Found a company going out of business and was able to grab these games at a bargain price. Tell me which one you would like to see played soon!


CAVEMAN – can your tribe survive is a survival game where your objective is to become the dominant tribe on Volcano Island. It’s a harsh world, where marauding dinosaurs cause chaos, other tribes attack you, and you struggle to keep your cave kids survive into adulthood.

Players start from the corner spaces of a hexagonal island, and slowly spread out over the island, looking for resources to help them survive and prosper. The winner is the first player to either expand their population to eight adults, collect all five available resource types, or the player who has made the most progress when the action card deck expires.

As you will see if you read the reviews here, Caveman has a particular objective – to be a fun light hearted game for kids and adults. Its a game of strategy amongts chaos, where good play will allow you to win usually but not without many setbacks.


In this game, players incarnate clan leaders during the Golden Age of Easter Island. The board represents a simplified map of the island. Rock platforms (ahus) are where the Moaïs (monumental sculptures) will be erected.

Your clan competes against others, and you will earn more prestige by building and transporting larger, more imposing Moaïs than your opponents’ clans.

Each of your pawns represents a group of men. You can grow your population if you wish. You will choose each turn which part of your population will sculpt Moaïs and which other part will transport them, in cooperation with other players.

Statues are transported from the quarry to the ahus (the rock platforms) using paths made of pawns and the help of logs.

You can use your influence (Tribal Markers) to choose the best statues and mark to your color the statues you cannot achieve in your turn. You can also rely on your Sorcerer and his mighty powers, of the strength of your Chief, as well as on mystic powers of the Rongo writing tablets.

The winner will be the one who has erected the largest statues in the best places at the end of the game.


Mini Inkognito is a card game version of the board game Inkognito. There are four players and each person is dealt a character and a number. Your job is to determine, through deduction, which person holds the character of your partner (you don’t know who is your partner is, you have to figure that out). After you’ve determined who your partner is, you have to figure out which number each of the characters holds. The first partnership to figure this out wins.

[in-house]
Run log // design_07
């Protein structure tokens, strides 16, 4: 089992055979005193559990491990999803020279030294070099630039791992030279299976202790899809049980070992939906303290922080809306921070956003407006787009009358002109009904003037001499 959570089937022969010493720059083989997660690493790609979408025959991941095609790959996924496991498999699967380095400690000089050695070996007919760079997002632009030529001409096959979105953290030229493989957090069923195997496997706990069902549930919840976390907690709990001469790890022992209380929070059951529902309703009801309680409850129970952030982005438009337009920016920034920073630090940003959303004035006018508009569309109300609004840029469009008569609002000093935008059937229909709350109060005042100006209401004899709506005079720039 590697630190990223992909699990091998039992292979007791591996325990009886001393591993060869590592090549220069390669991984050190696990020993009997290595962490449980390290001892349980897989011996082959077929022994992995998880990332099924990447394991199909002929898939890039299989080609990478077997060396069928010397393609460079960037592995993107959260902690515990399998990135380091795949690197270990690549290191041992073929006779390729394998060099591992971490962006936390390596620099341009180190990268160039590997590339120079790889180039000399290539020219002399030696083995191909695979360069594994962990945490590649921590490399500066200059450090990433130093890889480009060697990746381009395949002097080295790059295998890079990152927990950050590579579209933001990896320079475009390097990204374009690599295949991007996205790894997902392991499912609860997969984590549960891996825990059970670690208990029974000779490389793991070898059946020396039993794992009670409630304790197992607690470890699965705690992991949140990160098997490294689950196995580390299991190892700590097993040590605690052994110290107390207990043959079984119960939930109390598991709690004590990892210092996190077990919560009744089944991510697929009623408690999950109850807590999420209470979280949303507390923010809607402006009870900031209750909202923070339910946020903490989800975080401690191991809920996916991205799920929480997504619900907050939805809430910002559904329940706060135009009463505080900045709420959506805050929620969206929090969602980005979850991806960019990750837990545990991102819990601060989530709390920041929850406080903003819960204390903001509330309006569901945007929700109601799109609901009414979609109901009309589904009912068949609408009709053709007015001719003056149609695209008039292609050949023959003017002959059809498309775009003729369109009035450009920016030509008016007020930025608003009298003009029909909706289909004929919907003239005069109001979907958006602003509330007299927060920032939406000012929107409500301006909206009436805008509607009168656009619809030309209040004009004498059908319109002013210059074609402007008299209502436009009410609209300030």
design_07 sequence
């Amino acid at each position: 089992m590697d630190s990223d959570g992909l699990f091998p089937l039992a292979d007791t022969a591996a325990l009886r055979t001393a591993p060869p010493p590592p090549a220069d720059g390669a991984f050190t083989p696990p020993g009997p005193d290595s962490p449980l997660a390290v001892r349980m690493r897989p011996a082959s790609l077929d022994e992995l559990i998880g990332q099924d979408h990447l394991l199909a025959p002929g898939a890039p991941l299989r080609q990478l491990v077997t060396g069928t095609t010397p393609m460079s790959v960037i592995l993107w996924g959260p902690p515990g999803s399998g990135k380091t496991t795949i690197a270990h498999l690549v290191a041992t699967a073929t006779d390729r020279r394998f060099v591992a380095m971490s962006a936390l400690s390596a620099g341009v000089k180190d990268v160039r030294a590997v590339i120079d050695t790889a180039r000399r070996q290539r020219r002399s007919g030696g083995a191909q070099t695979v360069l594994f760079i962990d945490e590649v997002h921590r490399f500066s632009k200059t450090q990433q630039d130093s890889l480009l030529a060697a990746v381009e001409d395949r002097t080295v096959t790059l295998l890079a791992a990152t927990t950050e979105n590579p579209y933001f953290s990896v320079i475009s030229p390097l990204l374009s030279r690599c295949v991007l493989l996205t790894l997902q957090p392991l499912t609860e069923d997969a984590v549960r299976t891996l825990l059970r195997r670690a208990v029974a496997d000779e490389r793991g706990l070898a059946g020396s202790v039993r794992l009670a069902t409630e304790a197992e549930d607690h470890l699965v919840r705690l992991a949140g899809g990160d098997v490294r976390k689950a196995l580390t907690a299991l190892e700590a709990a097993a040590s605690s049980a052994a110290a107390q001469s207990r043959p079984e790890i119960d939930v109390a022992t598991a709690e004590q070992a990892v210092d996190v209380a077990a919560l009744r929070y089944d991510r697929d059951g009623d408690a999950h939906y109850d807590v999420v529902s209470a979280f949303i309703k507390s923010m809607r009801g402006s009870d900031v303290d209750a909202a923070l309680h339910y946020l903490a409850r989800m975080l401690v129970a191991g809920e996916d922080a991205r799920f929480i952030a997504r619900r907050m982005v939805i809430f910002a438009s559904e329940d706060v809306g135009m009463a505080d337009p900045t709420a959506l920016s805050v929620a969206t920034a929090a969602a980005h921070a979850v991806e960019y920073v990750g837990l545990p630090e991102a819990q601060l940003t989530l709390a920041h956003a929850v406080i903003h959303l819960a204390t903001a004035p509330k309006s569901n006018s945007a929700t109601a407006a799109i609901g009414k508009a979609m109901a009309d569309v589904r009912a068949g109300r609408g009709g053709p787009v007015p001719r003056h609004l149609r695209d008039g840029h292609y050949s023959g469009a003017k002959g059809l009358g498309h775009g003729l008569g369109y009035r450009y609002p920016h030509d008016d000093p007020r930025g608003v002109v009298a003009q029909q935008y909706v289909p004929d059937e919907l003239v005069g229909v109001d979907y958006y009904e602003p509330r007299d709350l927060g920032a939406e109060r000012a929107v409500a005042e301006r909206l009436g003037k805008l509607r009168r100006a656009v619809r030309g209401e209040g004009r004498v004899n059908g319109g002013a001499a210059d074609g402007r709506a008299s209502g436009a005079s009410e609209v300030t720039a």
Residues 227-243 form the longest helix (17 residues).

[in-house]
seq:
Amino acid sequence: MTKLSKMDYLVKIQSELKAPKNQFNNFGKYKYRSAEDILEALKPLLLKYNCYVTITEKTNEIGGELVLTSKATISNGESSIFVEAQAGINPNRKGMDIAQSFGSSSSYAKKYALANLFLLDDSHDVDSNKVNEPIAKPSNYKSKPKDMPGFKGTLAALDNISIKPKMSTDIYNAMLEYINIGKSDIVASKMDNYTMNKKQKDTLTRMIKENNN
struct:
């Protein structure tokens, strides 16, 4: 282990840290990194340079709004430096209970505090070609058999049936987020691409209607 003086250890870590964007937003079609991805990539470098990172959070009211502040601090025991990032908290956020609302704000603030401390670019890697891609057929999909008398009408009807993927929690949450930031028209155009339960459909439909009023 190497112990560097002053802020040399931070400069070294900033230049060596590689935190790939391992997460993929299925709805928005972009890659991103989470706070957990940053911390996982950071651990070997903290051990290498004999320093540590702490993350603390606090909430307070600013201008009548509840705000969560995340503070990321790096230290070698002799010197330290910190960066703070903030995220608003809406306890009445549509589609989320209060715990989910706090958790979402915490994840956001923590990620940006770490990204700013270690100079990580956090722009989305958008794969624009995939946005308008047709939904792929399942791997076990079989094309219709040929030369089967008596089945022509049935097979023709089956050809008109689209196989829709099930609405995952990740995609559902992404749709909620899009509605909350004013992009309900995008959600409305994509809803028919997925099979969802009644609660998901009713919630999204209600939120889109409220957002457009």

Shark is a stock-trading game slightly reminiscent of Acquire, in that abstract plays on the game board determine the share values of the various companies. The similarities end there, though, as Shark is more free-wheeling than Acquire.

Each player may buy (maximum 5 shares total during the turn) and sell (unlimited) shares both before and after his turn, and during his turn rolls dice to determine which company he can affect and in what region he can place that company’s marker. Placing next to another of that company’s markers increases the company’s share price, which pays out in two ways: first, for placing the marker, the player gets money equal to the new price, and secondly, all players get paid the amount of the increase, multiplied by the number of shares each of them owns. This wealth is not without risks, though, as placing in a way that brings two companies’ marker-groups adjacent to each other causes the smaller group to be removed from the board, decreasing that company’s share price accordingly — and all players must pay the amount of the decrease, again multiplied by the number of shares they hold in that company!

The game ends if all of one company’s markers have been used, if one company’s share price reaches 15, or all of shares in the game are sold; at which time the players cash out their stock and determine who, with the most money, has won.


From the publisher website :
“Make your fortune on the volatile stock market through stock buying to earn dividend payouts or selling for profits (capital gains). The key to success in this game lies in a player’s ability to make the most money from each stock purchase (maximizing return on investment) while taking into consideration the effects of supply and demand on stock prices (market economics). While being the first-mover confers tremendous advantage, exercising major shareholder influence on dividend payouts can perhaps give a player the added edge towards financial victory!”


From the Z-Man Games website:

“MegaCorps is a game of economic domination. You control a MegaCorp — one of the six enormous conglomerates that dominate economic and political life in the mid-21st Century. You control industries, manipulate governments like puppets, and even wage war to open new markets. You win by making more money than the other MegaCorps.

A player chooses industries in countries, hoping for big payouts by having less competition in the industry. But if you own an industry and want to build the same industry in another country you will need to get permission. Of course, you can try to take over the country first then build in there, using the force of countries you own and mercenaries you have or with those you can persuade allies to contribute.

The type of government a country is can also have an effect on what you buy (or what you keep!). Kleptocracies can steal ownership of your industry. Dictatorships can nationalize an industry to shut you out. Democracies can buy you out.”